I love flash fiction challenges so I serve up some new ones here every Tuesday, and since every one likes choices I’m providing you with two weekly writing prompts. You can participate in either one, or double your pleasure by trying your hand at both. Submit your link any time between Tuesdays.
The Standard Prompt will always consist of a two-word prompt to be used as inspiration. The Non-Standard Prompt will change from week to week. Sometimes it will be a visual prompt, sometimes a first sentence or phrase, sometimes a scenario, etc. The limit for the Two for Tuesday Standard Prompts is 200 words and the Nonstandard Prompt has a minimum of 200 words. Use the little blue link thing below to submit your link or leave an entry in the comments section.
Don’t forget to check out the other entries.
Here is this week’s two-fer:
You have lots of creative leeway. The limit is 200 words. The words can be used:
- simply as a point of inspiration and do not have to be used directly
- they can be included exactly as provided
- or each word can be used independently of each other (for example if Death Row was the prompt instead of crafting a story about an inmate on the way to the gallows, you might write something like: Despite feeling like death from an excess of cheap vodka consumed the night before, Evelyn moved on to planting her next row of spinach).
This week for the alternative prompt, write a story from the first person point of view (i.e. I did this, I saw that) featuring a protagonist who is the opposite of your own gender. In other words if you are male, write from a female’s point of view and vice versa. As per usual with the Non-Standard prompt there is no word limit but there is a minimum of 200 words.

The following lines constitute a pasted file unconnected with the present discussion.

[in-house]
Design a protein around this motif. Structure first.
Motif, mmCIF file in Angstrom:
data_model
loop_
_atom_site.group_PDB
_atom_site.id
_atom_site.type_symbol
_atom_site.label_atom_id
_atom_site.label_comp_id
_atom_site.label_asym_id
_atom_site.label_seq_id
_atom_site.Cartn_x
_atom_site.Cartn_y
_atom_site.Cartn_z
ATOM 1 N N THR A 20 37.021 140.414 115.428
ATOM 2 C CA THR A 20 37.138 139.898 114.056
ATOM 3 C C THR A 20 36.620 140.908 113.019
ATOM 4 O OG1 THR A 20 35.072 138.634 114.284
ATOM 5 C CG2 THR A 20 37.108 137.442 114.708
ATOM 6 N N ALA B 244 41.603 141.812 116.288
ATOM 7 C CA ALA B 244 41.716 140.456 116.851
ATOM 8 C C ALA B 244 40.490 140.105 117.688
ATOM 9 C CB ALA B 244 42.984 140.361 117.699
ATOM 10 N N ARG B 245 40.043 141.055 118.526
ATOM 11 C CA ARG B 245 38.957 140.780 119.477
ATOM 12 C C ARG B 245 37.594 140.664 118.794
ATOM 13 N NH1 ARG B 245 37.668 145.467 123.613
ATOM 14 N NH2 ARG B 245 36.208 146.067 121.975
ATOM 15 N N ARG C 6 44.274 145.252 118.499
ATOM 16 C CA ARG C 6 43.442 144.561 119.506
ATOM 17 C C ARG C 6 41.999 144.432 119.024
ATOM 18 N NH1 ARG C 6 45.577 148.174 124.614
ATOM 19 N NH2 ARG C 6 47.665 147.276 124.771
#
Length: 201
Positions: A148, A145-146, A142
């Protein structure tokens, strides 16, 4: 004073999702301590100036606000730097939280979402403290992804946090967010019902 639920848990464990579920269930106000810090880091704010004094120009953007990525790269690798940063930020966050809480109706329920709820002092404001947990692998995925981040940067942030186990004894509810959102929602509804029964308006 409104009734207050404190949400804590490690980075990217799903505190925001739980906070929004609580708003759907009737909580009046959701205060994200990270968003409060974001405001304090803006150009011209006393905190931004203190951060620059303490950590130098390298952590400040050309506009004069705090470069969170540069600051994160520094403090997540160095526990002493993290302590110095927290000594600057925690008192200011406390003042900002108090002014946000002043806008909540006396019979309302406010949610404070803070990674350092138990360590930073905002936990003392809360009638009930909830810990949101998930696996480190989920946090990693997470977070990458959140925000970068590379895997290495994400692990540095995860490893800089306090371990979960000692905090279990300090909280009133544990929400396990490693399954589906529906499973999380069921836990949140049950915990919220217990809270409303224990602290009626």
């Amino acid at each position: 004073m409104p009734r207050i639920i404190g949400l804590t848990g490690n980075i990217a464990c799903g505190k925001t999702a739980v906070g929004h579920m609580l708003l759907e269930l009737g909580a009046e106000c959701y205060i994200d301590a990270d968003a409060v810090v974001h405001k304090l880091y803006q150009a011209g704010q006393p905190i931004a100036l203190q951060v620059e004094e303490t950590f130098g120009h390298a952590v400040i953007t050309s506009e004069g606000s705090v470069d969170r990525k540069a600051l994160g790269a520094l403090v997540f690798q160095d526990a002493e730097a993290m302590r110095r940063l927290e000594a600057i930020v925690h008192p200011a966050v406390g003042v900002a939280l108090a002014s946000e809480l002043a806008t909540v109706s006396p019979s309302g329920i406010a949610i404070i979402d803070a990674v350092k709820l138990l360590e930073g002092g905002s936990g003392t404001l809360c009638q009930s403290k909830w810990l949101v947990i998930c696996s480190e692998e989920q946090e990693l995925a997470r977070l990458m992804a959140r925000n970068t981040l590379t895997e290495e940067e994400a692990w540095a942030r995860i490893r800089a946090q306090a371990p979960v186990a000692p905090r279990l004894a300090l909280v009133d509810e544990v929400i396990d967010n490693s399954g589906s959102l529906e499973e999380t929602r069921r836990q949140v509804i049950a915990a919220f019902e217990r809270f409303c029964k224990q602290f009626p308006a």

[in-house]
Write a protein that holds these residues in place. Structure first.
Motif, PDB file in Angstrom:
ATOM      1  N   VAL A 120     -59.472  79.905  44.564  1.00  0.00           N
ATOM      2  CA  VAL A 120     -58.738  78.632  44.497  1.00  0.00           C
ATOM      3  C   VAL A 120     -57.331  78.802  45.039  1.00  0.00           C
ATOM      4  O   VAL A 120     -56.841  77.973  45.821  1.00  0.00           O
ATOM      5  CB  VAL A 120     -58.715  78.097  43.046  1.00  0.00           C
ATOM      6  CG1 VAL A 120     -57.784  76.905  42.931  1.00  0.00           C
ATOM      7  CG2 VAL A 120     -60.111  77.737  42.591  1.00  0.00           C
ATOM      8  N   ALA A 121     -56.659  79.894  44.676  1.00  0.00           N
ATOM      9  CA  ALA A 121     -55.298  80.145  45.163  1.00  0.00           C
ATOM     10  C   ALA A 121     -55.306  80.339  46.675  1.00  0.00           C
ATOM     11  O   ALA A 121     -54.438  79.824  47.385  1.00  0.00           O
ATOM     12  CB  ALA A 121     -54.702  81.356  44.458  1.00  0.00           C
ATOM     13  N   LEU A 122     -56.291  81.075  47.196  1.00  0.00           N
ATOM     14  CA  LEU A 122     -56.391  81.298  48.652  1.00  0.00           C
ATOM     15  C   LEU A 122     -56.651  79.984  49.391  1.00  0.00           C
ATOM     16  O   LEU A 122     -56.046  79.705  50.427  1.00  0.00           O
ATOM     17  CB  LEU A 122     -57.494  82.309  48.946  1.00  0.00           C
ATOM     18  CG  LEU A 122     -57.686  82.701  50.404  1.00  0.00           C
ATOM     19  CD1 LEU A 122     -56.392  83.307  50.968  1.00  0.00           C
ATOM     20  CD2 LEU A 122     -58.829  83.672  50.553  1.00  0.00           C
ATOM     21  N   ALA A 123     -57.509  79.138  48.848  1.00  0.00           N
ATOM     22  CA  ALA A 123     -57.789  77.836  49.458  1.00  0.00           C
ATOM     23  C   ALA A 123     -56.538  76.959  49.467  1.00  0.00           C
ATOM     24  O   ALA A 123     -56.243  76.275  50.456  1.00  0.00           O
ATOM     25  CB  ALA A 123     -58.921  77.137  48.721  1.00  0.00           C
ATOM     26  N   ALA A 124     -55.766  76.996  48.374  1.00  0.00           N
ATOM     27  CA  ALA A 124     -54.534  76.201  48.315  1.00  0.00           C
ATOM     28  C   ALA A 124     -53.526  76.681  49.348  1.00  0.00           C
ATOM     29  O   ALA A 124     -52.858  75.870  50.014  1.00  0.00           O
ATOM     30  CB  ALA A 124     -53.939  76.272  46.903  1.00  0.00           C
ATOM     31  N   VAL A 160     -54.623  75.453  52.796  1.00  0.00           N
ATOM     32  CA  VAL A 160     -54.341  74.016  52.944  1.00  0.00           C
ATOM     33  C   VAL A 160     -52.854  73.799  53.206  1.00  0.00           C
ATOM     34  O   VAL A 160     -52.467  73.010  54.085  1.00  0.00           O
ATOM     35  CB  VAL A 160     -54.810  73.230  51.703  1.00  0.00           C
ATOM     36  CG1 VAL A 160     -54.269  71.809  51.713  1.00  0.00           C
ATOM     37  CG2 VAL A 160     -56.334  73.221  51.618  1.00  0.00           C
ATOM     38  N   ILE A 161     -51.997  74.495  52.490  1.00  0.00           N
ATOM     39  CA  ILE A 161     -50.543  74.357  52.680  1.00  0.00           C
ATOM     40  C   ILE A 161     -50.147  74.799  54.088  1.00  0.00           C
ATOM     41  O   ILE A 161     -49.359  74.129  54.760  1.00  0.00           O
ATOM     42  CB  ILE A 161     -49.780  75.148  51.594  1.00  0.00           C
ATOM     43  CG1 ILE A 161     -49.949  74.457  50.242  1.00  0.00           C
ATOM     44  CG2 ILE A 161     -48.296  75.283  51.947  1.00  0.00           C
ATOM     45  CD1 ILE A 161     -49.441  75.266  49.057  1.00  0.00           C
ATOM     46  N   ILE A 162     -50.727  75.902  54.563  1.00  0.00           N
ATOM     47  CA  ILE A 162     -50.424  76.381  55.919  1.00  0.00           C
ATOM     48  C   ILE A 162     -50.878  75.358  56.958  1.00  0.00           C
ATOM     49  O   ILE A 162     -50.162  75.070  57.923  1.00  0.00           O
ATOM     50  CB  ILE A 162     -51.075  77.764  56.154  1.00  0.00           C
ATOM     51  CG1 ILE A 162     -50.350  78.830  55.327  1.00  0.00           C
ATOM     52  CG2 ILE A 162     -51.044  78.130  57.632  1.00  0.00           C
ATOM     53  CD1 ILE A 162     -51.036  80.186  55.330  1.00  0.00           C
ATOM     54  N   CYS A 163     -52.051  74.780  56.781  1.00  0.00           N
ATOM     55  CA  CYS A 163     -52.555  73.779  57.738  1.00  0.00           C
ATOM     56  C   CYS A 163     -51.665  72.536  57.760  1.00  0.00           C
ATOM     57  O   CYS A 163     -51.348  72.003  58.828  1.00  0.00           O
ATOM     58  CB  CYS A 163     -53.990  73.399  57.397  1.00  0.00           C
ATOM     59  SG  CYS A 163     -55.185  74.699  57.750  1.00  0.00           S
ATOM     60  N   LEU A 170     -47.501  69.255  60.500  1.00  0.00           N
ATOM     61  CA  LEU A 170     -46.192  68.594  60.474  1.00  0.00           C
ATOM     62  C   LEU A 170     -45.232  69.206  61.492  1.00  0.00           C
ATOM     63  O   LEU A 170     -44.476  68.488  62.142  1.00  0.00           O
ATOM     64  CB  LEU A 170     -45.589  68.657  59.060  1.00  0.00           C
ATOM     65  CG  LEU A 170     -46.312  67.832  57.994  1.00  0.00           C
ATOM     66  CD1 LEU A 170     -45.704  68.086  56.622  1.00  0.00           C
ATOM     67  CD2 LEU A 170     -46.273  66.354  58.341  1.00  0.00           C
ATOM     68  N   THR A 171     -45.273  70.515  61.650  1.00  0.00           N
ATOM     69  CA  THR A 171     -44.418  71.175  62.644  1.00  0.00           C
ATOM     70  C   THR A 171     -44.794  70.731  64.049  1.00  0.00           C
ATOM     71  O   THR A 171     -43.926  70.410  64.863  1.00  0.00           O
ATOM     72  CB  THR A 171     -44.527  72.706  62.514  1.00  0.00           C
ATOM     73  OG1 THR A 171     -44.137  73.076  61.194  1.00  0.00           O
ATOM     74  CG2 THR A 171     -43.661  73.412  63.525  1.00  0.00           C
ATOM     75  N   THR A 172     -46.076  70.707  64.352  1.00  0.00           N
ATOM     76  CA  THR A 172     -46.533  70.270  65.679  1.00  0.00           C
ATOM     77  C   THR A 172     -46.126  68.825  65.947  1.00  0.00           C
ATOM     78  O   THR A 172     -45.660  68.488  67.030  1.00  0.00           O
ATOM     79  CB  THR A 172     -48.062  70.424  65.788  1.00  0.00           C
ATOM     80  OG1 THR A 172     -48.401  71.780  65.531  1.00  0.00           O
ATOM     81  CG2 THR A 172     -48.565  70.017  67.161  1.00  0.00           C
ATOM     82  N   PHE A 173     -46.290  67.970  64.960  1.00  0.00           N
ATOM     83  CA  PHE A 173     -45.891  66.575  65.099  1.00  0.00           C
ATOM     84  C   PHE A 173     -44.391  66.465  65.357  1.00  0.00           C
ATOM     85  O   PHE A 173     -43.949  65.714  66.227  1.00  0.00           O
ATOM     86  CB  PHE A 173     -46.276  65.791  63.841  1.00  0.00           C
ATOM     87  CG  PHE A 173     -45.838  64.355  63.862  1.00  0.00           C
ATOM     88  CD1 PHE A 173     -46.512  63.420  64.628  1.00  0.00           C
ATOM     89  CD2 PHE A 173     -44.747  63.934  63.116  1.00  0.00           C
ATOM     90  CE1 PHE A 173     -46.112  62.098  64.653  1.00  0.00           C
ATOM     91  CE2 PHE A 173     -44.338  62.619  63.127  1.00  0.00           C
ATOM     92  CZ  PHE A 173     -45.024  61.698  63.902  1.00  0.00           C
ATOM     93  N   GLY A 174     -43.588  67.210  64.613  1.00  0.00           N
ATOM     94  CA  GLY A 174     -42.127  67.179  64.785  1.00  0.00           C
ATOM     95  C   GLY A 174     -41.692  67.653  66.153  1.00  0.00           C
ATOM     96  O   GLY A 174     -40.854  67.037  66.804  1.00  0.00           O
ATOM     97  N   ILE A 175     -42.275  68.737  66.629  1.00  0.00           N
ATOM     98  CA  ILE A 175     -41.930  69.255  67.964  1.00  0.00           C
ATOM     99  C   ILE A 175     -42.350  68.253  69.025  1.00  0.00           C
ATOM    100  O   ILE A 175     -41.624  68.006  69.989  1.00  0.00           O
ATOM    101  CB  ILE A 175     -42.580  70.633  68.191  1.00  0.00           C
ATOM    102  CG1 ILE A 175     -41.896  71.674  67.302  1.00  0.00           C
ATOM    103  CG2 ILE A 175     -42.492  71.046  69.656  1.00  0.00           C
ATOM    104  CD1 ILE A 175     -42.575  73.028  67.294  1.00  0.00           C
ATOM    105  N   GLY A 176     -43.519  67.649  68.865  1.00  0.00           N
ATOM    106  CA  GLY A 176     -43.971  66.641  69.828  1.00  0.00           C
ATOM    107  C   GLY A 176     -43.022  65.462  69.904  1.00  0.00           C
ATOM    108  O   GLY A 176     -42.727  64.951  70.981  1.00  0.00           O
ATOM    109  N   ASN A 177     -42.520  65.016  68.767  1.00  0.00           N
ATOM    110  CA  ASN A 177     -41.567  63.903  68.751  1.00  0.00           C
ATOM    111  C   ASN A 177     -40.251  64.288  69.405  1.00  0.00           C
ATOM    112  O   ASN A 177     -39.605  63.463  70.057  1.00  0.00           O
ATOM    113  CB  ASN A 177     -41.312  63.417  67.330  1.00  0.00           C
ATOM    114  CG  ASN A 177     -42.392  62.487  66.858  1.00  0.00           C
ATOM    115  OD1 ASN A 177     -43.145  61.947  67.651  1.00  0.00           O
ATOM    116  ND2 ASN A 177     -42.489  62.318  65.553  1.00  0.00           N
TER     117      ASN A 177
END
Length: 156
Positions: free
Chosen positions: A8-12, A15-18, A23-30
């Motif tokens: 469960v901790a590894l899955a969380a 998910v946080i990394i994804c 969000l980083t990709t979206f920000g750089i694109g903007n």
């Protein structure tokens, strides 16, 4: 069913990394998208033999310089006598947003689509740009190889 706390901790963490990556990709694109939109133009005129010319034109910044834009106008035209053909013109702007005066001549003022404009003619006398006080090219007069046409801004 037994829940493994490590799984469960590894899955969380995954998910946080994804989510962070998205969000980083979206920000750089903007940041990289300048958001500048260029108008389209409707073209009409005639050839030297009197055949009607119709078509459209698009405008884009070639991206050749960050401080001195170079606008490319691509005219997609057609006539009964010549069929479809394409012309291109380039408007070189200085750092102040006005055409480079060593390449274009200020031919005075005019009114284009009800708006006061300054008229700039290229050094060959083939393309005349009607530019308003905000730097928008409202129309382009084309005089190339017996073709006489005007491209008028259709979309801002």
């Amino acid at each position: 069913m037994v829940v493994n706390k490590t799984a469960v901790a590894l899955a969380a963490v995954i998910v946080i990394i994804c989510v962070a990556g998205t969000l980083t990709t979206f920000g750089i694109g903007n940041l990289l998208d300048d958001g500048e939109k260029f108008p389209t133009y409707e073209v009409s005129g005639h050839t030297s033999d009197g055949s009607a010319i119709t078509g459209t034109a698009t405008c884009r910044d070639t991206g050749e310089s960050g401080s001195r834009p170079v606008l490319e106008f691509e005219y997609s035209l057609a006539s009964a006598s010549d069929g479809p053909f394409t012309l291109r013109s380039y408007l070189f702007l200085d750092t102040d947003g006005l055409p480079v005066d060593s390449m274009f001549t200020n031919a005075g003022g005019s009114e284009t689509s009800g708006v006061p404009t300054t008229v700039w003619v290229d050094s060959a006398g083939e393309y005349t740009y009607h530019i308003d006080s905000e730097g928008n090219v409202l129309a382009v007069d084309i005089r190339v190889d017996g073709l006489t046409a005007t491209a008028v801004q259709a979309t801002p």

Some of you Five Sentence Fiction fans may have seen this before. I have to admit that I was running out of time and stooped to doing a little recycling. Anyway here is my effort applied to the prompt of Awkward Silence (194 words):
Darlene was fidgeting with her wine, Stuart was a pathetic conversationalist and they were enduring yet another long awkward silence as she watched him pop a piece of calamari into his mouth. There was no question that he was great looking: bushy hair, eyes the color of lapis, perfect teeth, rock hard pecs and abs—a poster child for any gym—and a cute ass to boot but, let’s face it, he wasn’t exactly eating with a full set of silverware. In fact, she was thinking, Stu probably doesn’t even know what silverware is, metaphorically speaking, and so she was beginning to have her doubts about asking him for a “contribution.”
Nick, a mutual friend, was now crossing the restaurant to their table; he finished roughly wiping his nose on the heel of hand before slapping Stuart on the back and sitting down with a wink asking, “Hey Stud, so did Darlene, here, ask you to father her unborn child yet?” Darlene simply dropped her head onto crossed arms and groaned as Stuart cluelessly fingered another morsel of squid into his mouth and then sucked a bit of red cocktail sauce from his thumb.